We hear the cliché often; however, these two pieces of tech could work together to truly let the photographer’s camera become an extension of his or her body.
The tech side of this patent is pretty cool, but what I’m more interested in is what we are supposed to do with a touchscreen on a DSLR.
Two simple and important adjustments that can be modified via the touchscreen are mentioned in the patent:
1. Sliding you finger across the panel in a vertical direction changes aperture values.
2. Sliding your finger across the panel in a horizontal direction changes shutter speed.
Other features contemplated by the patent that may be enabled by touch entry through the LCD include the following settings:
- Focus detection area
- Exposure correction value
- Flash adjustment correction value
- Photometry mode (i.e., metering mode)
- Drive mode
- ISO value
- Auto focus mode
- White balance mode
- Exposure correction value
Essentially, this list includes everything that you use scroll wheels and joysticks for now. If you think about what the info display on the back of a Canon DSLR looks like, this touchscreen idea starts to make a lot of sense.
Imagine if you could get to any of these settings just by tapping on the display in the respective boxes. I’ve grown fairly efficient with my scroll wheels and shortcut buttons on my Canon DSLRs over the years; however, the though of tapping to select some the these settings is intriguing at the very least.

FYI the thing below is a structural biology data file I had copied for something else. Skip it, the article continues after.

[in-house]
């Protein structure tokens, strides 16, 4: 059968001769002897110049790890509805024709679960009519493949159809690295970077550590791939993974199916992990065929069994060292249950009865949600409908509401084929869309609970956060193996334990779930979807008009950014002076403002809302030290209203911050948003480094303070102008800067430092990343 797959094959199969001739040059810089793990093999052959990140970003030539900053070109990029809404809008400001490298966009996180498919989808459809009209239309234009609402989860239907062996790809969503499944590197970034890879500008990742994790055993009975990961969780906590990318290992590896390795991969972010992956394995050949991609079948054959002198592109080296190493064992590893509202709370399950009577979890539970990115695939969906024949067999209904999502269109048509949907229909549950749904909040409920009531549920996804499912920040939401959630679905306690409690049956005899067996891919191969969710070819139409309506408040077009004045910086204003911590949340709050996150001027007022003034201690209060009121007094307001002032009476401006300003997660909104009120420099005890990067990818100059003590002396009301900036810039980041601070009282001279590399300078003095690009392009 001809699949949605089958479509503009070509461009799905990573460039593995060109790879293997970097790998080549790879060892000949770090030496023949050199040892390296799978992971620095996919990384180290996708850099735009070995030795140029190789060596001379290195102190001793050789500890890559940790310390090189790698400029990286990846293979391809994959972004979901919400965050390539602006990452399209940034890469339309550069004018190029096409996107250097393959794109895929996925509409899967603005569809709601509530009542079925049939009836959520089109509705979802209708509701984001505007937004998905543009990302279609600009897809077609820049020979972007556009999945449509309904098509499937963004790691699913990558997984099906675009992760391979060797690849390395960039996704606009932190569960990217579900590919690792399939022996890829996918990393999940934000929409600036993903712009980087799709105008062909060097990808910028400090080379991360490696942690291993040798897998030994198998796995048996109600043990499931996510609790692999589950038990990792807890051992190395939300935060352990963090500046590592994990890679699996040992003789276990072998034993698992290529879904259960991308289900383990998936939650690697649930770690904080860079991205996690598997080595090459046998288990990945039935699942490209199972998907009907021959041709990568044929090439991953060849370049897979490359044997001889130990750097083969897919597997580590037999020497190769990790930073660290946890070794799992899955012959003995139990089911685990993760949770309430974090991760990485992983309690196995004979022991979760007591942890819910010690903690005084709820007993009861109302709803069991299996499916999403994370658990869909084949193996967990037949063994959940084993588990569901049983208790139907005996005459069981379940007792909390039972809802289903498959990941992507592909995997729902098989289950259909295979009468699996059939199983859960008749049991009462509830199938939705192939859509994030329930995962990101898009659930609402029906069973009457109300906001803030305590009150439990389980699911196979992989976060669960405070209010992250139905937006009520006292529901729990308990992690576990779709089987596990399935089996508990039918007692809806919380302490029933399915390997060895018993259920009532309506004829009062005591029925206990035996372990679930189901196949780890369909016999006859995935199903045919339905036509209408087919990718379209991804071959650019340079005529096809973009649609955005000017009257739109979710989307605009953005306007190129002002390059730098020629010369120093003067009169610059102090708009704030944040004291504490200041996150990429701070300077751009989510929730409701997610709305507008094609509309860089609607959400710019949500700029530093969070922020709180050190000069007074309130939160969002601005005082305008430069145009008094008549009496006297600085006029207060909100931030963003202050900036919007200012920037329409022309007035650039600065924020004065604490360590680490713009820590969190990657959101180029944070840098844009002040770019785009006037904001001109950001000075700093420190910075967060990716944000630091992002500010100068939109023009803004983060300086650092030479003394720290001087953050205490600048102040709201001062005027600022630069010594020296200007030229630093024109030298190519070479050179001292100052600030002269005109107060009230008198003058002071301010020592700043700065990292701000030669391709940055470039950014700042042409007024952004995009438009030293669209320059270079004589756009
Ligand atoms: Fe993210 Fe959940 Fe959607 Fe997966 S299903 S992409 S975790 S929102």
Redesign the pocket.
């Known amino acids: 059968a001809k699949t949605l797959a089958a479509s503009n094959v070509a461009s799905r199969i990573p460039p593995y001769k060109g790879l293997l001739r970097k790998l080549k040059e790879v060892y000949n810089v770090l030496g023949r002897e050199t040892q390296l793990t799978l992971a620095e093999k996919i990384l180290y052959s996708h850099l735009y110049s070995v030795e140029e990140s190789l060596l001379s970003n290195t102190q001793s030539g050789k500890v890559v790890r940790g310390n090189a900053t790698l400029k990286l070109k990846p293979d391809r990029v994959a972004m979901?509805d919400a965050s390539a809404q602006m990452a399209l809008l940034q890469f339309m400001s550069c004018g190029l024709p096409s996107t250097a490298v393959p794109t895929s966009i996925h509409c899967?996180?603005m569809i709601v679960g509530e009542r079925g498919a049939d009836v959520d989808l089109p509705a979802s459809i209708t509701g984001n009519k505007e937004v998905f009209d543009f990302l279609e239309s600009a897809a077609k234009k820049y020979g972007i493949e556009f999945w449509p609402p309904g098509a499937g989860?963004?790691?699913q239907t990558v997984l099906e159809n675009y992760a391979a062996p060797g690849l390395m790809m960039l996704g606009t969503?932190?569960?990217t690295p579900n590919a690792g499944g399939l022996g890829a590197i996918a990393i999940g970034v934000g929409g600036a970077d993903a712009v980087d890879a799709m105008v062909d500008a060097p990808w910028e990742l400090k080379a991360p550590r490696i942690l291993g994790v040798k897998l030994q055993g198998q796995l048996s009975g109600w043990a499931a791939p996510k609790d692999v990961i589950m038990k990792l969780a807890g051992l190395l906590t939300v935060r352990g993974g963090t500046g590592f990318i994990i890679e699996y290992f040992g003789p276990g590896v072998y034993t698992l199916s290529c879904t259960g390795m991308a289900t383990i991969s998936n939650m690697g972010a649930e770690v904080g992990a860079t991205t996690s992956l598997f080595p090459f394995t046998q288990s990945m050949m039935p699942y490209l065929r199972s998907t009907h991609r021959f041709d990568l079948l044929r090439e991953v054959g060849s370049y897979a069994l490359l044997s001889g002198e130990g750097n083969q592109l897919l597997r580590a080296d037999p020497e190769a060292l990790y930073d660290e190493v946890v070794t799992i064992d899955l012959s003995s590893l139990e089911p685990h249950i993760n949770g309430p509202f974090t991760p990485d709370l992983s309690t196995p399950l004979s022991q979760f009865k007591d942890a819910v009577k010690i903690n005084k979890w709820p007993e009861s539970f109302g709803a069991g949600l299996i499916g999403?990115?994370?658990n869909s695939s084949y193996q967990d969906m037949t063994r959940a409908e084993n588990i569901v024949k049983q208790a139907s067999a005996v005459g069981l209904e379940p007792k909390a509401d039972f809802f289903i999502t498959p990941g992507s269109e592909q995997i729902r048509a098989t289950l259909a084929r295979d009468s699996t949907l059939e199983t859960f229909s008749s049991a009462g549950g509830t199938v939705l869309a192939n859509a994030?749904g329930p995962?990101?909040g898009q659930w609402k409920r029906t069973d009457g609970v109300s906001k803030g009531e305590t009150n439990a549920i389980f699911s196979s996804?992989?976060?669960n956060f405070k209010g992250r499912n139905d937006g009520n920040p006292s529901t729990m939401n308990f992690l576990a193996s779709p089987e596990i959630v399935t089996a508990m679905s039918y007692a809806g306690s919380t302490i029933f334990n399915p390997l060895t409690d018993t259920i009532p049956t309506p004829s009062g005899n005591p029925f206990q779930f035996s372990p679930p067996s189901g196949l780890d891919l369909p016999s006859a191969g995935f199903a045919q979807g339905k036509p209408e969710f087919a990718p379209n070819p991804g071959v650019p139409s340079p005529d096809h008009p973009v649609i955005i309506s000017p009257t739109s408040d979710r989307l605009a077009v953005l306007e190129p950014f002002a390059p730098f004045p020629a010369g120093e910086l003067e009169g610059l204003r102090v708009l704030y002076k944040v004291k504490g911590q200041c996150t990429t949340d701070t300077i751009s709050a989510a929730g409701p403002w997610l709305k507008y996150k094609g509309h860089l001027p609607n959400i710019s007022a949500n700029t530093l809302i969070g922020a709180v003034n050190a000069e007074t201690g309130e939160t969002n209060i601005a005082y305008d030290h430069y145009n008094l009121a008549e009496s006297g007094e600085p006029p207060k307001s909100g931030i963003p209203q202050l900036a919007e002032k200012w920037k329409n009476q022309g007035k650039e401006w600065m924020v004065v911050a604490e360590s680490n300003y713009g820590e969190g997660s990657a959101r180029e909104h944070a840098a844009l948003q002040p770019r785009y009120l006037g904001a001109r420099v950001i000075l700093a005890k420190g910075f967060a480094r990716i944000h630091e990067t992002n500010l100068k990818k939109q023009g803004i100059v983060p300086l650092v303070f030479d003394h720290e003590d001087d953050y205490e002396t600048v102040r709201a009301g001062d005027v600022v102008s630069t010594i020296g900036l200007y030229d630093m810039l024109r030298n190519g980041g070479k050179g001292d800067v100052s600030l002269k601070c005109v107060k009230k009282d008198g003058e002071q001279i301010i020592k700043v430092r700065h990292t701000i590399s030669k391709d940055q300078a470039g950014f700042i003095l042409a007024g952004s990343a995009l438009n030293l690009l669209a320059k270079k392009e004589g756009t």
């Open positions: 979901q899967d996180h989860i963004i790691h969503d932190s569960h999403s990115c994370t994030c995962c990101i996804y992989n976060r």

In closing, please remember that this is a patent application, and not all patent applications mean that a product is coming or serve as a definitive indication as to the timeliness of a product or feature. I’ve covered plenty of patents for which the tech has yet to see the light of day. (e.g., Canon Iris Registration Mode, Canon Fuel Cell DSLR, Advanced Nikon Viewfinder, etc.)
That said, given the present market trends and competition levels, not to mention the widespread adoption of touchscreens in point and shoot cameras, I would consider a Canon Touchscreen DSLR to be a likely contender for release within the next generation or two of DSLRs. I won’t call it a sure thing for next year, but I wouldn’t be surprised either if the next Canon Rebel showed up a CES 2010 with a touchscreen.
While a touchscreen just seems like a feature we’d find in an entry-level DSLR, if it is executed well, it could be a nice touch on a flagship camera. The key, of course, is proper execution. If Canon will let users ease into the feature and keep our buttons on the camera, then we would have a safety valve if we decide to hate the feature.
Does the absence of other buttons and a scroll wheel on the back of the images from the patent application mean that we won’t have those? I don’t know. It could just be that they are irrelevant to the claims in the patent and Canon just left them off. Alternatively, it could be a signal that Canon is planning on dropping a near-buttonless DSLR on the consumer market (I’ll go out on a limb and say there’s no way Canon would drop such a camera in the pro or prosumer market).
So, what do you think?
Would you buy a touchscreen DSLR? Why or why not?
Any thoughts on the implementation of Canon’s design? What features would you want/need along with the touchscreen access?
Fire away in the comments below.